A reader asks:
Can Catholics support legalizing marijuana based on the Principle of the Toleration of Evil?
I read a blog post arguing that Catholics can support the legalization of marijuana based on the Principle of the Toleration of Evil which the author supports with this quote from Pope Leo XIII:
…as the authority of man is powerless to prevent every evil, it has (as St. Augustine says) to overlook and leave unpunished many things which are punished, and rightly, by Divine Providence. But if, in such circumstances, for the sake of the common good (and this is the only legitimate reason),human law may or even should tolerate evil, it may not and should not approve or desire evil for its own sake; for evil of itself, being a privation of good, is opposed to the common welfare which every legislator is bound to desire and defend to the best of his ability. In this, human law must endeavor to imitate God, who, as St. Thomas teaches, in allowing evil to exist in the world, “neither wills evil to be done, nor wills it not to be done, but wills only to permit it to be done; and this is good.”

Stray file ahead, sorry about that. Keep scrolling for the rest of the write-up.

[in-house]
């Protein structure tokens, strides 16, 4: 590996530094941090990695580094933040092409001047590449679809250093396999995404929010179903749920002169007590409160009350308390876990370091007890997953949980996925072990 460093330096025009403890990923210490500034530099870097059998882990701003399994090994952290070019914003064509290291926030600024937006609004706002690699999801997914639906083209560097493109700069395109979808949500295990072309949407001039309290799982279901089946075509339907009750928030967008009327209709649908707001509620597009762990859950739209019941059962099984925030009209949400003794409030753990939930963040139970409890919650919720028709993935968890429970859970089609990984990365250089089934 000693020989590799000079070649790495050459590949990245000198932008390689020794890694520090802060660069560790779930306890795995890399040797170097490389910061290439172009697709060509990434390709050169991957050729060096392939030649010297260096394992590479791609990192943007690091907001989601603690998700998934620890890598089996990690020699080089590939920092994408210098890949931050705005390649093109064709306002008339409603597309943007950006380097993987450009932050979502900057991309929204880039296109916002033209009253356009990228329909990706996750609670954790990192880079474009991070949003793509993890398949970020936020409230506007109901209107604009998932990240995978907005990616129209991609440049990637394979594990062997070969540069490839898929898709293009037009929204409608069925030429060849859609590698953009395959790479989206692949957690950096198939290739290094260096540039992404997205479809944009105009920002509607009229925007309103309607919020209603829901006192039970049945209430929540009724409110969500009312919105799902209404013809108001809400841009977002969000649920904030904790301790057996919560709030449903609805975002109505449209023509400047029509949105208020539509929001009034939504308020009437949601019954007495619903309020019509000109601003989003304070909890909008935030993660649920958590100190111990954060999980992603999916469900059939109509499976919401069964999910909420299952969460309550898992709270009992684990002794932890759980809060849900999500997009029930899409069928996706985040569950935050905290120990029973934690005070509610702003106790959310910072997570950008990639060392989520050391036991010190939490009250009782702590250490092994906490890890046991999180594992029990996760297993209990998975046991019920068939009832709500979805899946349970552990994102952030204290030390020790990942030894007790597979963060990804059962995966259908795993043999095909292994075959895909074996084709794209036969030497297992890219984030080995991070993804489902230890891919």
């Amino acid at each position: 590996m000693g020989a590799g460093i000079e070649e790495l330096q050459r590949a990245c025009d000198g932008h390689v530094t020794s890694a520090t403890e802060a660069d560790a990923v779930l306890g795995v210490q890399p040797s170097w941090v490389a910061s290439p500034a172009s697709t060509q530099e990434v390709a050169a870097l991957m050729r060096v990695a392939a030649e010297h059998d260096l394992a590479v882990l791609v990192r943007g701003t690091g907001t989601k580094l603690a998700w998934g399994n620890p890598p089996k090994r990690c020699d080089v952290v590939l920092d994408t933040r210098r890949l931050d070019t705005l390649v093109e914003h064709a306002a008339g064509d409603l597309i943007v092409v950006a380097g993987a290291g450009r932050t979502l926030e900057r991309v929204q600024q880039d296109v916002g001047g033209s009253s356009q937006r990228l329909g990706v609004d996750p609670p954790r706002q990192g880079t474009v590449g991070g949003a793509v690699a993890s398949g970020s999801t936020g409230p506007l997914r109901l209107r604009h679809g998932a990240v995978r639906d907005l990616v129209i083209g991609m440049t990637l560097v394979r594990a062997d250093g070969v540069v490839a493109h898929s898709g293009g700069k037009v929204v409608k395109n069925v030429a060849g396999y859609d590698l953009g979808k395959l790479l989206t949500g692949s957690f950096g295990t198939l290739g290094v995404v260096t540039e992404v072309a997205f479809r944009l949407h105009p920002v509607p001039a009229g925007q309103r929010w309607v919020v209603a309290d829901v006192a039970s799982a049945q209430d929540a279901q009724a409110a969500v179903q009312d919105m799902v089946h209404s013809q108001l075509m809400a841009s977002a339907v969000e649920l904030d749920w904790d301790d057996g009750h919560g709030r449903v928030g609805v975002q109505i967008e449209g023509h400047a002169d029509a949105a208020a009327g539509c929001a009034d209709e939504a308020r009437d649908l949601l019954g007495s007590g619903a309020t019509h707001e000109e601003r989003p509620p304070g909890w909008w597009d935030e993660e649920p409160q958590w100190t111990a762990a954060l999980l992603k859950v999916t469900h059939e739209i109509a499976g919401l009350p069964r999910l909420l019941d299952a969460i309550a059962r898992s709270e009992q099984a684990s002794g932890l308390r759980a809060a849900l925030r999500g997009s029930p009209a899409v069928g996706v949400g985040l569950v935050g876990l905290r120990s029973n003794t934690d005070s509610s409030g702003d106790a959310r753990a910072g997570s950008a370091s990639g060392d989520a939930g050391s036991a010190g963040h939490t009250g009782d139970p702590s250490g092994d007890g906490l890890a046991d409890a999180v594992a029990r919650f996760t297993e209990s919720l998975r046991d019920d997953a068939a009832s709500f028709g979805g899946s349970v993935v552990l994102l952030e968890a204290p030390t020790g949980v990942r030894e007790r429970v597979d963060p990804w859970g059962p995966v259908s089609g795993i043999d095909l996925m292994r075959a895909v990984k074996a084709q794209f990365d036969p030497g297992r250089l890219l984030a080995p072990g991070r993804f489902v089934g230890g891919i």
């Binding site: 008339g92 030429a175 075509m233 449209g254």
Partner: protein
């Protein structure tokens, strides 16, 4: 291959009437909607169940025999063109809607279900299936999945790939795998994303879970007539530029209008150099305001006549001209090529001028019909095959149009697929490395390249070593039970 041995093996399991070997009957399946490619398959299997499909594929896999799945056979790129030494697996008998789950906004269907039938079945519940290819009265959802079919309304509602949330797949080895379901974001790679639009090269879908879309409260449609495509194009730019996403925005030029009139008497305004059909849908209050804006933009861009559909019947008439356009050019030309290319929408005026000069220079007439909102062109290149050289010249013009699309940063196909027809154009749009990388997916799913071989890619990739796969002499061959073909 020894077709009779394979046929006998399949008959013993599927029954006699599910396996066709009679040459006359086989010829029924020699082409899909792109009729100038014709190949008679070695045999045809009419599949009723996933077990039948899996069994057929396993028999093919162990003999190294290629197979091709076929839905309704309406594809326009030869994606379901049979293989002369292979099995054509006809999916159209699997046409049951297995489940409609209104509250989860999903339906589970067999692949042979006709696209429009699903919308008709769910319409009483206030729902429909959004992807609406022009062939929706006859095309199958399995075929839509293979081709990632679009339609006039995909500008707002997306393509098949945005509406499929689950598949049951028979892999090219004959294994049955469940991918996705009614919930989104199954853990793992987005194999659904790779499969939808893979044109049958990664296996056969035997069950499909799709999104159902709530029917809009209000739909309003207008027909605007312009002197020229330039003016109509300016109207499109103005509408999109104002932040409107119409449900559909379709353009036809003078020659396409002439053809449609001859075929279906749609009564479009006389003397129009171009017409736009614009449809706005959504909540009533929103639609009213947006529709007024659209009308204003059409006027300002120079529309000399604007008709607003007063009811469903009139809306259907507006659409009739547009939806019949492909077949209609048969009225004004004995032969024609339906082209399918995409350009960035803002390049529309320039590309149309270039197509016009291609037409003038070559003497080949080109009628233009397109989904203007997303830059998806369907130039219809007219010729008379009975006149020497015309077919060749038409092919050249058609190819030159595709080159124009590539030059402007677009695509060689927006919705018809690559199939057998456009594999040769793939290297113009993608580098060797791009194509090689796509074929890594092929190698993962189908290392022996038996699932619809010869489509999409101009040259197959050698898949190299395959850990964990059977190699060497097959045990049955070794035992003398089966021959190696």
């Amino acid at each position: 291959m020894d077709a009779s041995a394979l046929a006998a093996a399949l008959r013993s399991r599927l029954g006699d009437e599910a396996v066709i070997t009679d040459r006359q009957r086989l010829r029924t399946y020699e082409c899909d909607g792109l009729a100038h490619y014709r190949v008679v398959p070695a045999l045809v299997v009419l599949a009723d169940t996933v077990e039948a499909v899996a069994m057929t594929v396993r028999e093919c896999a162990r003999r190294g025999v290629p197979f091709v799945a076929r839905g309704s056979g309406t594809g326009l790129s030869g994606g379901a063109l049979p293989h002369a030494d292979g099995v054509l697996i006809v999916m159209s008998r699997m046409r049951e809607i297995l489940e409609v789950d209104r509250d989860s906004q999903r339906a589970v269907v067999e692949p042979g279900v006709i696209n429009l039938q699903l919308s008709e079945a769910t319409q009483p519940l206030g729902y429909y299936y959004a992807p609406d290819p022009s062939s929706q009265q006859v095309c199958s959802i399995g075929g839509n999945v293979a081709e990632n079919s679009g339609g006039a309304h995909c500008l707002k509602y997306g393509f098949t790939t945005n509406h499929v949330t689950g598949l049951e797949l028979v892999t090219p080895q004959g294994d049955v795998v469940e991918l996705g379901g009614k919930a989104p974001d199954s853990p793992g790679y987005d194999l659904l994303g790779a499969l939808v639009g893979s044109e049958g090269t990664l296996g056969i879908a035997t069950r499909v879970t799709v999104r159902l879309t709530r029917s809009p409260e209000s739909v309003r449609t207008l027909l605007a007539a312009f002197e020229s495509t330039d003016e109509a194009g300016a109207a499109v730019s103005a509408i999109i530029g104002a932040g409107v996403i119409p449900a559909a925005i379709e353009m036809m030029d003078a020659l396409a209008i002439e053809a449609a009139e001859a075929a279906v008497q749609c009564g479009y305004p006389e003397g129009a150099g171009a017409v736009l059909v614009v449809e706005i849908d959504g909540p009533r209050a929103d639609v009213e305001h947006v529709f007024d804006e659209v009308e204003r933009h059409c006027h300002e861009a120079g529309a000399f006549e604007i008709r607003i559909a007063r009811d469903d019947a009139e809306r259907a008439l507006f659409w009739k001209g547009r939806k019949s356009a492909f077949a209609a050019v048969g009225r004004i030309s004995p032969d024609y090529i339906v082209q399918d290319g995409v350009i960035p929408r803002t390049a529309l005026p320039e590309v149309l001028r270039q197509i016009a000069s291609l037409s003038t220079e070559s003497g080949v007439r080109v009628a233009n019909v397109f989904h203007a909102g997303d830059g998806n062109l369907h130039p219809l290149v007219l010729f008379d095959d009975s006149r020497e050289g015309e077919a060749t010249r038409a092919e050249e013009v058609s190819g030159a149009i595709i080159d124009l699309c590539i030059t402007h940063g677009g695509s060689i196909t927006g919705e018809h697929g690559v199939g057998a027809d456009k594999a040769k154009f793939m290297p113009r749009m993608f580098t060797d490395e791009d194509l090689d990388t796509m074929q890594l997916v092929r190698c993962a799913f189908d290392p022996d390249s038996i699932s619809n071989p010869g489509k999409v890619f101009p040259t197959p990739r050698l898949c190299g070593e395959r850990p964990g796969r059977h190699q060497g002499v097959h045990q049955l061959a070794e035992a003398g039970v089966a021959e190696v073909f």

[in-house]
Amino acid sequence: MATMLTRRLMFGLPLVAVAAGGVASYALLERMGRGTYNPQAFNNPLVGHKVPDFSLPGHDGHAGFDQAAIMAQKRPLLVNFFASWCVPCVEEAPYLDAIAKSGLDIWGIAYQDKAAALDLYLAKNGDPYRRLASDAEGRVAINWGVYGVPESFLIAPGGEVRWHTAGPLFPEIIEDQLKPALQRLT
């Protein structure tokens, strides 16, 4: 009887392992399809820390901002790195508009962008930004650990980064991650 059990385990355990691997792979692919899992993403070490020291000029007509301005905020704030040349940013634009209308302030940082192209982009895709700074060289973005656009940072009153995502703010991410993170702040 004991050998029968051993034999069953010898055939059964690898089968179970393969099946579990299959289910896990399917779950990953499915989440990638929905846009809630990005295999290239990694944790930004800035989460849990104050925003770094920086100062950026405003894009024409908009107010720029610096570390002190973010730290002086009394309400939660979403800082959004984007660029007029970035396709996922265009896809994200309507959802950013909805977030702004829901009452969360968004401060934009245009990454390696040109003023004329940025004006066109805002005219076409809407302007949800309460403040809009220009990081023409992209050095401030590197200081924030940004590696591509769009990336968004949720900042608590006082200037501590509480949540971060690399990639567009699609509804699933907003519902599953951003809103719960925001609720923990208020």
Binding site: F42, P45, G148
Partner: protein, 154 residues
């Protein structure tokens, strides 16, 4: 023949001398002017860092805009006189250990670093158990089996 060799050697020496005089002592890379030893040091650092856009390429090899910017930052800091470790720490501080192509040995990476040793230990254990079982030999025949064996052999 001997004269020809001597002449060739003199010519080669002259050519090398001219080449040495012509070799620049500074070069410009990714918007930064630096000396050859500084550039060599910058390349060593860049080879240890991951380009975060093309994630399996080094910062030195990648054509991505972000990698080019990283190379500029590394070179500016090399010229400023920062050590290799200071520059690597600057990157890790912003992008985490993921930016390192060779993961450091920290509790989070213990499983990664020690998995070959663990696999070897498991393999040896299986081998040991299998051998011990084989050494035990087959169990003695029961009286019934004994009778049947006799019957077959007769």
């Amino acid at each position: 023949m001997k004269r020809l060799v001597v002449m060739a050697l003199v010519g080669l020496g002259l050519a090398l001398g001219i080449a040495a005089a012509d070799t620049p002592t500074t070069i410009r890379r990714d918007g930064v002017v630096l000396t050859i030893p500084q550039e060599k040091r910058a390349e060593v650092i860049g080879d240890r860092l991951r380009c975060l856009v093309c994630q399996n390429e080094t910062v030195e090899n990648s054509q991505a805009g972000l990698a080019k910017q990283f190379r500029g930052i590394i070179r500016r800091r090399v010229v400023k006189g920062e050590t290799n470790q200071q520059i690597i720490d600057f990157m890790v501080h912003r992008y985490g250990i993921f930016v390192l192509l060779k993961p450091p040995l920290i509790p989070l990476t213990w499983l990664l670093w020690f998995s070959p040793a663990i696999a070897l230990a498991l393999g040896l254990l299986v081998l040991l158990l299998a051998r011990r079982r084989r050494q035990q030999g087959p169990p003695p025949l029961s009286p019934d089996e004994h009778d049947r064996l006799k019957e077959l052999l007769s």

The author concludes his post with this sentence:
So, you need not wonder whether your Catholic faith demands that you oppose marijuana legalization—it doesn’t!
Personally, I don’t support legalizing marijuana, but I’m wondering if this principle is being applied correctly. Can Catholics support legalizing marijuana based on the Principle of the Toleration of Evil?
What are your thoughts?
I think that a case can definitely be made the the War on Drugs–and particularly on marijuana–has created far more evils than it prevents. I class it with such disastrous social experiments as Prohibition in its cost/benefit ratio.
I do think that some of hard and profoundly destructive drugs–meth, for instance–should be prohibited.